May 3, 2010 (Calcutta Tube): Housefull is a 2010 Hindi movie directed by Sajid Khan with Akshay Kumar, Deepika Padukone, Arjun Rampal, Lara Dutta, Jiah Khan, Riteish Deshmukh in lead roles. Read the film review at CalcuttaTube.
Starring: Akshay Kumar, Arjun Rampal, Ritesh Deshmukh, Deepika Padukone, Lara Dutta, Jiah Khan, Boman Irani and Randhir Kapoor
Director: Sajid Khan
Movie Review by Sampurn
Housefull- Succeeds in entertaining
Rating: 3 out of 5*
After a long painful drought (thanks to the exam season and IPL matches) of plain boring to irritating films arrives Sajid Khan’s Housefull. While in totality it does fall short of being the big great summer entertainer that it is been claiming to be, it however manages to bring many laughs for you. However, eventually it settles down in familiar territory.
Housefull narrates the tale of Aarush (Akshay), a perpetually unlucky bloke and a loser in life who moves into the house of his best buddy cum another loser, Bob (Ritesh) and his wife Hetal (Lara). But things continue to go wrong for Aarush. Convinced that true love can fade away his bad luck jinx, a desperate Aarush enters into many complicated situations while seeking it. Thus enter Sandy (Deepika) and Devika (Jiah) in his life. Things complicate further with the arrival of Sandy’s angry brother Major Krishna Rao (Arjun Rampal) and Hetal’s estranged dad Batuk Patel (Boman Irani). How Aarush and Bob in an attempt to hoodwink Krishna Rao and Batuk go on creating more confusion leading to a mirthful chaos forms the rest of the plot.
Much was expected from Sajid Khan who has been literally claiming from rooftops for weeks now that he has made the year’s biggest blockbuster. Though he has not entirely let us down, you do wish he could have opted for a more innovative plot. The second half ends up being more of an Anees Bazmee film what with characters trying to hide identities and going on a lying spree. Sajid Khan also seems to have taken the slap stick humour bit quiet seriously what with so many slaps happening within the film. A ‘slapathon’ sequence reminding of his Heyy Babyy takes place too. The film loses its tempo with the introduction of Jiah’s character. But thankfully gets it back right in the second half where Akshay and Ritesh’s histrionics to hide the truth from Arjun Rampal and Boman Irani. To give Sajid due credit, he has created many rip roaringly funny situations that are further elevated by his actors. Amongst the most hilarious sequences are most of the scenes featuring Akshay and Ritesh together. They share terrific chemistry. The climax set in the Queen of England’s Buckingham Palace is a laugh riot (literally). The film is high on glamour quotient what with three attractive bodied heroines (Deepika, Lara and Jiah) parading in skimpy outfits most of the time.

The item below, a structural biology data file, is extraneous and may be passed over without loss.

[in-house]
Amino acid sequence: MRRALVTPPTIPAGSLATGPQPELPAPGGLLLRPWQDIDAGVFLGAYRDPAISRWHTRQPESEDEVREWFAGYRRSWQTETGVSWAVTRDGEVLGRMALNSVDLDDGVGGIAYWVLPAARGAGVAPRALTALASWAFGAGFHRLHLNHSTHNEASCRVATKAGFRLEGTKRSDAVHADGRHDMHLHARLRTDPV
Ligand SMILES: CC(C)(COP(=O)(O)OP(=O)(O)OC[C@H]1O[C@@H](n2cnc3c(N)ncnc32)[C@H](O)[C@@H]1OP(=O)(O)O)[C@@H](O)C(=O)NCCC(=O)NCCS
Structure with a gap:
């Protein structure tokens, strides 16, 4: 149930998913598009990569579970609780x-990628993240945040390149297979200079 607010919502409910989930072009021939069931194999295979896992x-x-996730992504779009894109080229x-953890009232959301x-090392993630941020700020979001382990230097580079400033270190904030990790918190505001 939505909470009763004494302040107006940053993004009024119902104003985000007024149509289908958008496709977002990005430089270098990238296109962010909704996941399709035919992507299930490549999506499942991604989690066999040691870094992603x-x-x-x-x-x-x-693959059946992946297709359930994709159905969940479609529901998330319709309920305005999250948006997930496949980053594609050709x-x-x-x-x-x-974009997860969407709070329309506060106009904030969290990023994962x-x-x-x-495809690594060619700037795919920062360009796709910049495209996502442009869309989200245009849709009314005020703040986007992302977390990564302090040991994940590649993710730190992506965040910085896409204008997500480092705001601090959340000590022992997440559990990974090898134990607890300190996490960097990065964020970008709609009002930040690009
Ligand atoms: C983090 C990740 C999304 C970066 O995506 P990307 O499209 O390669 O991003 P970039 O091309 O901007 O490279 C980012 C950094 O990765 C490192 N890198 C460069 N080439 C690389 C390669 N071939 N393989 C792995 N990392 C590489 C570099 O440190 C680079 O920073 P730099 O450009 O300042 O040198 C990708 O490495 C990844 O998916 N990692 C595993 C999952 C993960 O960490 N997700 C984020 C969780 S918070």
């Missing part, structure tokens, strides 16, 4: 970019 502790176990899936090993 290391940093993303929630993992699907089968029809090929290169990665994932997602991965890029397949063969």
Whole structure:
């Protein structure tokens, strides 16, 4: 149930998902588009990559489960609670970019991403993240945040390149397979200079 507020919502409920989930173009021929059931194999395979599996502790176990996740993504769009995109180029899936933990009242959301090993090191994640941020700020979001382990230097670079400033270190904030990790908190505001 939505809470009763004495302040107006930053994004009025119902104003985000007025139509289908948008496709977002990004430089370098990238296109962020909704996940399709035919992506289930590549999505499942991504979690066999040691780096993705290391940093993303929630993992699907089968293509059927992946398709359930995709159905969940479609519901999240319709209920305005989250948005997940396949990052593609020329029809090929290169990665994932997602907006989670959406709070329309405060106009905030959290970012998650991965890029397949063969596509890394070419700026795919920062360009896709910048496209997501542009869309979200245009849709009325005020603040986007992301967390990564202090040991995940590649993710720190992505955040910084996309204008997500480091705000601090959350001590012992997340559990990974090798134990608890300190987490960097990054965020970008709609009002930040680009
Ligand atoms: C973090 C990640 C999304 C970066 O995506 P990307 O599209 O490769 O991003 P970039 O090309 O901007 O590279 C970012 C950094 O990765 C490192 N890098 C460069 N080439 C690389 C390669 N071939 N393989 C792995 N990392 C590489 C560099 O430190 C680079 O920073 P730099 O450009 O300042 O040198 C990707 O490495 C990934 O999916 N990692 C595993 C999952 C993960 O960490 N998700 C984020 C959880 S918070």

Akshay Kumar is back in terrific form, evoking huge laughter with his poker faced humour. Ritesh Deshmukh is another great comic talent who often gets his timing right. Arjun Rampal suits the part and looks dapper. While Deepika looks sizzling hot, Lara manages to score over her in the comedy department. Jiah tries hard and ends up being just about passable. Boman Irani goes over the top as usual. Making a come back on screen after a long gap, Randhir Kapoor playing Jiah’s Sindhi dad doesn’t get much scope. Chunky Pandey is plain irritating playing Akhiri Pasta an Italian hotelier. His fake Italiano accent grates on your nerves.
Shankar Ehsaan Loy’s music perfectly syncs in with the mood of the film. Mika sung foot tapping number Apni To Jaise Taise featuring Jacqueline Fernandez is a sure shot chartbuster and is fun to watch on screen. The editing could have been tighter especially in the first half. Vikas Sivaraman’s camera work is good especially while capturing the Italy locales.
Finally, what makes Housefull a watchable film is the fact that it aims to entertain and succeeds in doing so irrespective of its negative points. Go watch Housefull if you seek pure no hassles entertainment.